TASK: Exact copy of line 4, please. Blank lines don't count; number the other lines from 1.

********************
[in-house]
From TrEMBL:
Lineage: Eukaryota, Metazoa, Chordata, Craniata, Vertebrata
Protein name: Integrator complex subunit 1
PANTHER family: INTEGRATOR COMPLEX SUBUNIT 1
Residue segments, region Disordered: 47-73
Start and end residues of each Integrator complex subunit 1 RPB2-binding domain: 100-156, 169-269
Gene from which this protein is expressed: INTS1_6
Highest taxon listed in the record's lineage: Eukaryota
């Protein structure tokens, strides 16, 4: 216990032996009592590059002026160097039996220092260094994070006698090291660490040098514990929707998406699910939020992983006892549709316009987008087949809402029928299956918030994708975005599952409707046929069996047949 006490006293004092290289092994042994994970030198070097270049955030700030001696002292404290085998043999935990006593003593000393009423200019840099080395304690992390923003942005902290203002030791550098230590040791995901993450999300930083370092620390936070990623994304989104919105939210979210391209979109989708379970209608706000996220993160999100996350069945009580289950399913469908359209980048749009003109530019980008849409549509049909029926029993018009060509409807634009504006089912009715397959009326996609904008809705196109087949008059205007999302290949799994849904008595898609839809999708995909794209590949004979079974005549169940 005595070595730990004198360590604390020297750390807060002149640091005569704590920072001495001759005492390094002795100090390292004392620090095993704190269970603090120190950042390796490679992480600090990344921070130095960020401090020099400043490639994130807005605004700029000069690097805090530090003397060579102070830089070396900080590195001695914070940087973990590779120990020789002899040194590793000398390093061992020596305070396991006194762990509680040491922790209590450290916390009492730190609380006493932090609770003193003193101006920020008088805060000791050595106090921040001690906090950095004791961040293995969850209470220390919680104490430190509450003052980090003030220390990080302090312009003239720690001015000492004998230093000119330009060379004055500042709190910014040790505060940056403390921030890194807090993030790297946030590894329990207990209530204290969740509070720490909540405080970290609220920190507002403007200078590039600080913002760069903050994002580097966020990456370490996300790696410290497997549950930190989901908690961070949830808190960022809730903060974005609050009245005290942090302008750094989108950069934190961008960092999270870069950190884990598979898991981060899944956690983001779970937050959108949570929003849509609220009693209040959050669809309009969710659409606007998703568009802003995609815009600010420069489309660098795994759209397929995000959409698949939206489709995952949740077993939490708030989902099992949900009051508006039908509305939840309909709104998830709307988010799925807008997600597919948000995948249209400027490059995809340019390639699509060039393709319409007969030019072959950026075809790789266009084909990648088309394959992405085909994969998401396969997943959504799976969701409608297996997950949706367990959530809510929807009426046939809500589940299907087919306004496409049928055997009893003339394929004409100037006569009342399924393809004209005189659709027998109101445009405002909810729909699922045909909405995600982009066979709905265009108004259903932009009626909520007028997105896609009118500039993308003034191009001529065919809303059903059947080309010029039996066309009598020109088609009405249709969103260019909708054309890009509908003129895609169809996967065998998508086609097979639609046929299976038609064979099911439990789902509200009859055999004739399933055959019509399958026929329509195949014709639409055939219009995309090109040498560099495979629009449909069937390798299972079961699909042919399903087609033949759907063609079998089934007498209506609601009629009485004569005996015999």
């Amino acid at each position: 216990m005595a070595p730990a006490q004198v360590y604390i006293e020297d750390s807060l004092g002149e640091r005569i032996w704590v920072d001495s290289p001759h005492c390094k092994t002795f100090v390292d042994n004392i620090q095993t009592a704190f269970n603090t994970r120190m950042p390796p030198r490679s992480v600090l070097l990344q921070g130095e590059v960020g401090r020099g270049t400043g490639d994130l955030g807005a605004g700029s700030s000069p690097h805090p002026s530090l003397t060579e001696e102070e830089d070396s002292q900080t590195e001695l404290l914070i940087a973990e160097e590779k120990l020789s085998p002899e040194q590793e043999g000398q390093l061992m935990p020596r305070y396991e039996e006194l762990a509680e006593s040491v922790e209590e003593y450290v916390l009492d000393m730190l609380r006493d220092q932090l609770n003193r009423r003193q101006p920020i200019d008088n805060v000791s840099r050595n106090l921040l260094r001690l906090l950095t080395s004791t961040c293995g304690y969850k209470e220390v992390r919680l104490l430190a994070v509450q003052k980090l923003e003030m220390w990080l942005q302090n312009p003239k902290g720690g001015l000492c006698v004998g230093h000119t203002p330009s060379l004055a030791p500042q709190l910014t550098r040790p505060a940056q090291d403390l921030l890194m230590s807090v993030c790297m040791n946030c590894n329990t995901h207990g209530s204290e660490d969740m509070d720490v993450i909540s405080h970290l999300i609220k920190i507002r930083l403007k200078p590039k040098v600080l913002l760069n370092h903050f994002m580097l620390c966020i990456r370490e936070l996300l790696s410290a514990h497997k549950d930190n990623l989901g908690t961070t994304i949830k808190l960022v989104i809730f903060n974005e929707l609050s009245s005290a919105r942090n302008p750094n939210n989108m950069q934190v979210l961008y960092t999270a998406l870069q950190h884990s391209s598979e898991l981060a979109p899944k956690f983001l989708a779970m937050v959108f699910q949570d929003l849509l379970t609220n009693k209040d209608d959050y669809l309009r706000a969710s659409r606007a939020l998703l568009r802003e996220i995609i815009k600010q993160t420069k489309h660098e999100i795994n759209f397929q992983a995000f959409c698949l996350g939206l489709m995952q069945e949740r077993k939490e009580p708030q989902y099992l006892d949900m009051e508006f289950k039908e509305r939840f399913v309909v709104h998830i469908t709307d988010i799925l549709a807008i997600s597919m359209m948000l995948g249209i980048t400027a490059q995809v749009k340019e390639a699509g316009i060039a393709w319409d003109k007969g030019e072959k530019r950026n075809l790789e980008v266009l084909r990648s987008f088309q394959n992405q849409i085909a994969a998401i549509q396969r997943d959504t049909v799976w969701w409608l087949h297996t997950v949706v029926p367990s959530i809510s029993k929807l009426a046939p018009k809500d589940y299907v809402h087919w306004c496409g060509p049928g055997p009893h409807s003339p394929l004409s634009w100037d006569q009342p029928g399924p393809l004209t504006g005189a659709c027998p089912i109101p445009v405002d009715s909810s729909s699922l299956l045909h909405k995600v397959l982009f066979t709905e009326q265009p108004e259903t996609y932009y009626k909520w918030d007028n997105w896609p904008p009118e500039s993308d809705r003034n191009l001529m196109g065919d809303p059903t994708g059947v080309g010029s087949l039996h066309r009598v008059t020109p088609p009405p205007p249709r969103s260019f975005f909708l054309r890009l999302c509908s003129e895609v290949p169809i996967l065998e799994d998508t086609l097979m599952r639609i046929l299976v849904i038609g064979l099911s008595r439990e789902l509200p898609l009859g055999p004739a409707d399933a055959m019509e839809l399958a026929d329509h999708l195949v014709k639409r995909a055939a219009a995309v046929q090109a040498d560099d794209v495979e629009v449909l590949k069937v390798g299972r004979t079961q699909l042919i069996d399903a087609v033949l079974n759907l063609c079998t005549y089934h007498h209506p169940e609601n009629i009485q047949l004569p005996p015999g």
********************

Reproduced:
Protein name: Integrator complex subunit 1